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Revista Brasileira de Ciência do Solo

On-line version ISSN 1806-9657

Rev. Bras. Ciênc. Solo vol.31 no.4 Viçosa July/Aug. 2007

http://dx.doi.org/10.1590/S0100-06832007000400021 

SEÇÃO IX - POLUIÇÃO DO SOLO E QUALIDADE AMBIENTAL

 

Fate of nickel ion in (II-III) hydroxysulphate green rust synthesized by precipitation and coprecipitation1

 

Adsorção de íon níquel em (II-III) green rust hidroxisulfato sintetizado por precipitação e co-precipitação

 

 

Lucia Helena Garófalo ChavesI; Joan Elizabeth CurryII; David Andrew StoneIII; Jon ChoroverIV

IFull Professor at the Universidade Federal de Campina Grande, Department of Agricultural Engineering. Caixa Postal 10087, CEP 58109-970 Campina Grande (PB), Brazil. E-mail: lhgarofalo@hotmail.com
IIAssociate Professor at the University of Arizona, Department of Soil, Water and Environmental Science. Tucson, Az, 85721, USA. E-mail: curry@ag.arizona.edu
IIIGraduate Student at the University of Arizona, Department of Soil, Water and Environmental Science. Tucson, Az, 85721, USA. E-mail: dstone@u.arizona.edu
IVProfessor at the University of Arizona, Department of Soil, Water and Environmental Science. Tucson, Az, 85721,USA. E-mail: chorover@cals.arizona.edu

 

 


SUMMARY

In order to investigate the efficiency of sulfate green rust (GR2) to remove Ni from solution, GR2 samples were synthesized under controlled laboratory conditions. Some GR2 samples were synthesized from Fe(II) and Fe(III) sulfate salts by precipitation. Other samples were prepared by coprecipitation, of Ni(II), Fe(II) and Fe(III) sulfate salts, i.e., in the presence of Ni. In another sample, Ni(II) sulfate salt was added to pre-formed GR2. After an initial X-ray diffraction (XRD) characterization all samples were exposed to ambient air in order to understand the role of Ni in the transformation of the GR2 samples. XRD was repeated after 45 days. The results showed that Nious GR2 prepared by coprecipitation is isomorphous to Ni-free GR2, i.e. Ni is incorporated into the crystalline structure. Fe(II) was not replaced by Ni(II) in the crystalline structure of GR2 formed prior to exposure to solution-phase Ni. This suggests Ni was adsorbed to the GR2 surface. Sulfate green rust is more efficient in removing Ni from the environment by coprecipitation.

Index terms: nickel incorporation, nickel adsorption, X-ray diffraction, isomorphous substitution.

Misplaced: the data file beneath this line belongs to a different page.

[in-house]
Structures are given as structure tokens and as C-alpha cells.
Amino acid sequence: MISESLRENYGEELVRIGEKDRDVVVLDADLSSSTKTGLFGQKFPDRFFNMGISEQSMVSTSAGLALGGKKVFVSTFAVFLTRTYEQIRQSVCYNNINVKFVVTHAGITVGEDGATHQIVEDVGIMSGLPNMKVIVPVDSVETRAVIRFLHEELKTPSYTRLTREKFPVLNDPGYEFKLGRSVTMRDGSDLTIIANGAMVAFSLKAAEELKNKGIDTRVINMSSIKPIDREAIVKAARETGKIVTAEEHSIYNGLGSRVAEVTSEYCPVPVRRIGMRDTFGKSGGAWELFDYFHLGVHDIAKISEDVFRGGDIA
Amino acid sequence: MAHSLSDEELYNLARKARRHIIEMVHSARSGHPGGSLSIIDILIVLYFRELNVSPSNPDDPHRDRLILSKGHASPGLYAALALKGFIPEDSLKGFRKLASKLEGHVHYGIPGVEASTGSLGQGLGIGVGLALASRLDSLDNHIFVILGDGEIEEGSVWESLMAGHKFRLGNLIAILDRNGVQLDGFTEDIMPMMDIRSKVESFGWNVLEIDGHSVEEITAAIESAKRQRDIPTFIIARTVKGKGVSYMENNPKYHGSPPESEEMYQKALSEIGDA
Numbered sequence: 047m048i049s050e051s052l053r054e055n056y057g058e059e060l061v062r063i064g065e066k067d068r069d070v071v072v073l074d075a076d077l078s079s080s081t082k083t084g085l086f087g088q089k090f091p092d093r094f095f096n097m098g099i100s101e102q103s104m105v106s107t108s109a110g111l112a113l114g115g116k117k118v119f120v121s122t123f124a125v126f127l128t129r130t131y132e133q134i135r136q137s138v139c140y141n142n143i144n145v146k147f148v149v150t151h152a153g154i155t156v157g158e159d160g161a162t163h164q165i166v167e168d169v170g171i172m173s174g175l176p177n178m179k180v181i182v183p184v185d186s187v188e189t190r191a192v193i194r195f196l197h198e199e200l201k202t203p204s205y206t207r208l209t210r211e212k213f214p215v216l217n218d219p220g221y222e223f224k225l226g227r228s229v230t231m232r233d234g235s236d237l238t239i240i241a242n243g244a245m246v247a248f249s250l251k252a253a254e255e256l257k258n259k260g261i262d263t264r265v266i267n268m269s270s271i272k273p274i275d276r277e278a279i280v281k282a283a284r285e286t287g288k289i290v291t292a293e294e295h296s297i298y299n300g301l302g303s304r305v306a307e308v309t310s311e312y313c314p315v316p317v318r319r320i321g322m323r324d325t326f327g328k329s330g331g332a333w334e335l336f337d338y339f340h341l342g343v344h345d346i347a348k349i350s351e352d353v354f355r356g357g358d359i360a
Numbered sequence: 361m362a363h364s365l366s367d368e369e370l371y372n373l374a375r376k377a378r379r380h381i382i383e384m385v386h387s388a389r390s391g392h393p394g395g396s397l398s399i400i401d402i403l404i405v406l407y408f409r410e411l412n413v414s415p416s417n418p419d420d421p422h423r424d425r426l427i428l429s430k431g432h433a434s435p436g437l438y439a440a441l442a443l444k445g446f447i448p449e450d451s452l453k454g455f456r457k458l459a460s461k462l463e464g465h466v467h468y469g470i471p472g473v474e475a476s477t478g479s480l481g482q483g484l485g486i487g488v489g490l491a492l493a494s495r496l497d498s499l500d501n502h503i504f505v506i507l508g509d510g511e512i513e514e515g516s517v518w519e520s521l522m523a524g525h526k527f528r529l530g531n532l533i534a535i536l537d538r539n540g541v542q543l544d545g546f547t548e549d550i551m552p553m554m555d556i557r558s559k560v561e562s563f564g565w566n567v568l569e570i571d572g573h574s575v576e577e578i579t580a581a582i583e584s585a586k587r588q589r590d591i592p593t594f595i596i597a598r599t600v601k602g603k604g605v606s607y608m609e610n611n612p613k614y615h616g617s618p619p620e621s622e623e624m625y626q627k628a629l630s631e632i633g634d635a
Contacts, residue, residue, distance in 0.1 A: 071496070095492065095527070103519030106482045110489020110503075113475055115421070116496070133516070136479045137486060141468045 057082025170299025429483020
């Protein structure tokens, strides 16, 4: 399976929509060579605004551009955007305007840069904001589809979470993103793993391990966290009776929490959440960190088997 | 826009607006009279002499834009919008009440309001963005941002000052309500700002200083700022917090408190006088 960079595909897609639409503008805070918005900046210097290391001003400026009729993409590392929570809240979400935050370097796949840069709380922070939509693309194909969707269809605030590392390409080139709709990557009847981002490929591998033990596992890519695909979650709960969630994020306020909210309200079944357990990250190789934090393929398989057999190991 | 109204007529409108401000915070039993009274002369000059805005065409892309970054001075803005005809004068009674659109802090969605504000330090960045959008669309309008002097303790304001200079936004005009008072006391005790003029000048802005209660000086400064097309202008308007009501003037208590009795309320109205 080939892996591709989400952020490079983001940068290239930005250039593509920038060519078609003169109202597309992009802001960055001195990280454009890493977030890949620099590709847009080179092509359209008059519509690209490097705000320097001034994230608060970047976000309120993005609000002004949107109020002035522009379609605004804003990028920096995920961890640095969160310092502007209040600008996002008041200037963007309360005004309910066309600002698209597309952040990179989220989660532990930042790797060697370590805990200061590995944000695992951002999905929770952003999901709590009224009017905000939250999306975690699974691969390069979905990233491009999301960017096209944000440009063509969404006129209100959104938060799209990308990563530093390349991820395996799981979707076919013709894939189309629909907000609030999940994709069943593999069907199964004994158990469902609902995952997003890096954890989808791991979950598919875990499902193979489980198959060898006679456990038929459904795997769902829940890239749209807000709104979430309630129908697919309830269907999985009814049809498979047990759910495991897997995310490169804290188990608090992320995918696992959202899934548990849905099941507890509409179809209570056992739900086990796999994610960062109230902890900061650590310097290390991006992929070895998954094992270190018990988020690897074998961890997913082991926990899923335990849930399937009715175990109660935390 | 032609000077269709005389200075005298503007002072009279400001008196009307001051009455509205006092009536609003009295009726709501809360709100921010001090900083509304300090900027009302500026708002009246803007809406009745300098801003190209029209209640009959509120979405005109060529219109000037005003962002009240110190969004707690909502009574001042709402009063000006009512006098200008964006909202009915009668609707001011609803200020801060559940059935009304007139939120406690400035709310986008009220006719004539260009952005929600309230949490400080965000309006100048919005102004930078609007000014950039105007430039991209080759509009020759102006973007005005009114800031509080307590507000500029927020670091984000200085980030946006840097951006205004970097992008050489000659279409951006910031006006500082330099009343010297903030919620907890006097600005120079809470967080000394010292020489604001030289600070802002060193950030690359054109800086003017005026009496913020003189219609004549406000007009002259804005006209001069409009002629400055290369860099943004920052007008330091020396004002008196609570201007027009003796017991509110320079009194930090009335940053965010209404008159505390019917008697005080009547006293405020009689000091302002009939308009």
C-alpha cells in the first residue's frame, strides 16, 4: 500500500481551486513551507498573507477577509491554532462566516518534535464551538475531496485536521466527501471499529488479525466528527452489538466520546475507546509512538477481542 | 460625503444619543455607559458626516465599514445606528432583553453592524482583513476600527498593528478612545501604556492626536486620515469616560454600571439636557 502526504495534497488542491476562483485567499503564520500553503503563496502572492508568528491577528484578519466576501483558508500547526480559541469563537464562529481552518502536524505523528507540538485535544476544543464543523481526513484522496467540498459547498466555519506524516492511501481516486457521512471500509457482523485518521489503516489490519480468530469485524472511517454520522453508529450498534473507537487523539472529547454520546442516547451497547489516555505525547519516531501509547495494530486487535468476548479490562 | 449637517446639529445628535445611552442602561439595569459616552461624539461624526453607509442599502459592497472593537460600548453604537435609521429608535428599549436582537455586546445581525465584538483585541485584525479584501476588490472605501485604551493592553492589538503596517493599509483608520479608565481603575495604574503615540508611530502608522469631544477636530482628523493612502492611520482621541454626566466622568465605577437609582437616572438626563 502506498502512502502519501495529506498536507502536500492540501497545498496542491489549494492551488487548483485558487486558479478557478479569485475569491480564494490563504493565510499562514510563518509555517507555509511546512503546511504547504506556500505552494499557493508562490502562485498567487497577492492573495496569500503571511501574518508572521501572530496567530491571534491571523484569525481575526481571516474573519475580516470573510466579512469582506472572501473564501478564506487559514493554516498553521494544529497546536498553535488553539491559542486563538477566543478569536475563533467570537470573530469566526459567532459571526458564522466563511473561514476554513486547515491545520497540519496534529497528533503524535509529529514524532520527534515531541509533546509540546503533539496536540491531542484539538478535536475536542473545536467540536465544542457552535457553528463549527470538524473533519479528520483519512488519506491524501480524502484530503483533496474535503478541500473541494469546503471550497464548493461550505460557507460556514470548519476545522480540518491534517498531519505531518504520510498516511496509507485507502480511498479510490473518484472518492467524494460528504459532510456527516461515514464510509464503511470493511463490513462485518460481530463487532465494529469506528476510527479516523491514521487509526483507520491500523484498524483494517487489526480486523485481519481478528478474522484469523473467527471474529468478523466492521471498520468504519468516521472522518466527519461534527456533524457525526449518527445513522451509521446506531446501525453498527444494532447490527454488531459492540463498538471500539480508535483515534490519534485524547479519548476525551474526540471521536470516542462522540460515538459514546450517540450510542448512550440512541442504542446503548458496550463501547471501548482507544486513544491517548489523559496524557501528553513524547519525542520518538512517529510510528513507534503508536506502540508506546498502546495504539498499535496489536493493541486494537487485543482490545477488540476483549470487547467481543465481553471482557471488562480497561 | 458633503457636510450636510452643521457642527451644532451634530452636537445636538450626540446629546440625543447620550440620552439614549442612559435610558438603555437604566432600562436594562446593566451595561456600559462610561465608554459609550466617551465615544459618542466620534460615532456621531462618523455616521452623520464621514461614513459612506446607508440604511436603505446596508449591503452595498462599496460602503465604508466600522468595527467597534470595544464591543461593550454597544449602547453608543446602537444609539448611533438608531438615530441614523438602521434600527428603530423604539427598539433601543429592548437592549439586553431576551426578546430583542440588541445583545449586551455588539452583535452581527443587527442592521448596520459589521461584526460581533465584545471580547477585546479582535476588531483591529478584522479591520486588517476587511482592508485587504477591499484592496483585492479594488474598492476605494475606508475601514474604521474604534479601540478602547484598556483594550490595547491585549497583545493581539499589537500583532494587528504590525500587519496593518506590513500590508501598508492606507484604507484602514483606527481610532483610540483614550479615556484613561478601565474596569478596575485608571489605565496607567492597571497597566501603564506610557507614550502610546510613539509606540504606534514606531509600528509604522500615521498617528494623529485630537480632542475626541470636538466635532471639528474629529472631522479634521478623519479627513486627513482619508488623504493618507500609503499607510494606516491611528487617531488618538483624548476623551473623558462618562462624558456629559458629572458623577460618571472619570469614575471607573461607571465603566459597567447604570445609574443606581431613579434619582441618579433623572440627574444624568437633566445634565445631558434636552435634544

RESUMO

Com objetivo de investigar a eficiência do "sulfate green rust" (GR2) na remoção de Ni da solução, amostras de GR2 foram sintetizadas em laboratório sob condições controladas. Algumas amostras de GR2 foram sintetizadas pela precipitação de sais de Fe(II) e de Fe(III); outras amostras, pela co-precipitação de sais de Ni(II), Fe(II) e de Fe(III); e em outras amostras, o sulfato de Ni(II) foi adicionado às amostras GR2 pré-formadas. Após caracterização inicial, por difração de raios X, todas as amostras ficaram expostas ao ar atmosférico durante 45 dias, a fim de se avaliar o papel do Ni na transformação delas. Após esse período, a difração de raios X das amostras foi repetida. Os resultados mostraram que Ni-GR2 preparado por co-precipitação é isomórfico do GR2, estando o íon Ni na estrutura cristalina deste. Fe(II) não foi substituído por Ni(II) na estrutura cristalina de GR2 formado a priori. Talvez o íon Ni tenha sido adsorvido na superfície do GR2. O sulfato "green rust" é eficiente para remover Ni do ambiente somente por co-precipitação.

Termos de indexação: incorporação de níquel, adsorção de níquel, difração de raios X, substituição isomórfica.


 

 

INTRODUCTION

Green rust is a Fe(II)-Fe(III) hydroxide that consists of positively charged brucite-like layers alternating with anions and water molecules. The general composition [FeII(6-x)FeIII x(OH)12]x+[(A)x/n .yH2O]x- where x = 0.9–4.2, A is an n-valent anion, e.g., CO32-, Cl- or SO42- and y denotes the varying amounts of interlayer water (O'Loughlin et al., 2003). The green rust with a hexagonal cell, containing sulfate anions in the interlayer spaces, is called green rust two (GR2) and has been studied in detail. It is known that the Fe(III) ions in the brucite-like sheet and the SO4-2 anions in the interlayer spaces in GR2 exhibit long range order (Génin, 2004).

Green rusts are found as natural corrosion products of Fe metal (Refait et al., 2003) and as minerals in hydromorphic soils (Génin et al., 2001). They can be synthesized in the laboratory by partial Fe oxidation (II) or by reactions of Fe (II) and Fe salts (III) in aqueous solutions (Géhin et al., 2002). Green rusts, unlike most Fe oxides, have a large internal surface area giving rise to great specific surface areas and consequently great reactivity. They represent reactive ion exchangers and sorbents (Hansen et al., 2001). The amphoteric surface hydroxyl groups can sorb heavy metals (cations) as well as inorganic anions, e.g. silicate, arsenate and selenate. In addition, cations such as Cu(II), Ni(II), Zn(II), Cd(II), Co(II) and Mg(II), may isomorphically substitute for Fe(II) during green rust formation (coprecipitation). Refait et al. (1990, 1994, 2005) have obtained Nious-ferric green rusts as the end products of substitution of Fe(II) ions by Ni(II) ions in green rust. This has implications for the fate of transition metals in the environment.

Green rusts are unstable in oxidizing conditions and their rapid reaction with atmospheric oxygen results in the formation of ferrihydrite (Fe5HO8.4H2O), goethite (a-FeOOH), akaganeite (b-FeOOH), lepidocrocite (g-FeOOH), hematite (a-Fe2O3) maghemite (g-Fe2O3) or magnetite (Fe3O4), depending on pH, solution composition, oxidant, oxidation rate, and the dehydration degree and rate (Lin et al., 1996; Loyaux-Lawniczak et al., 2000).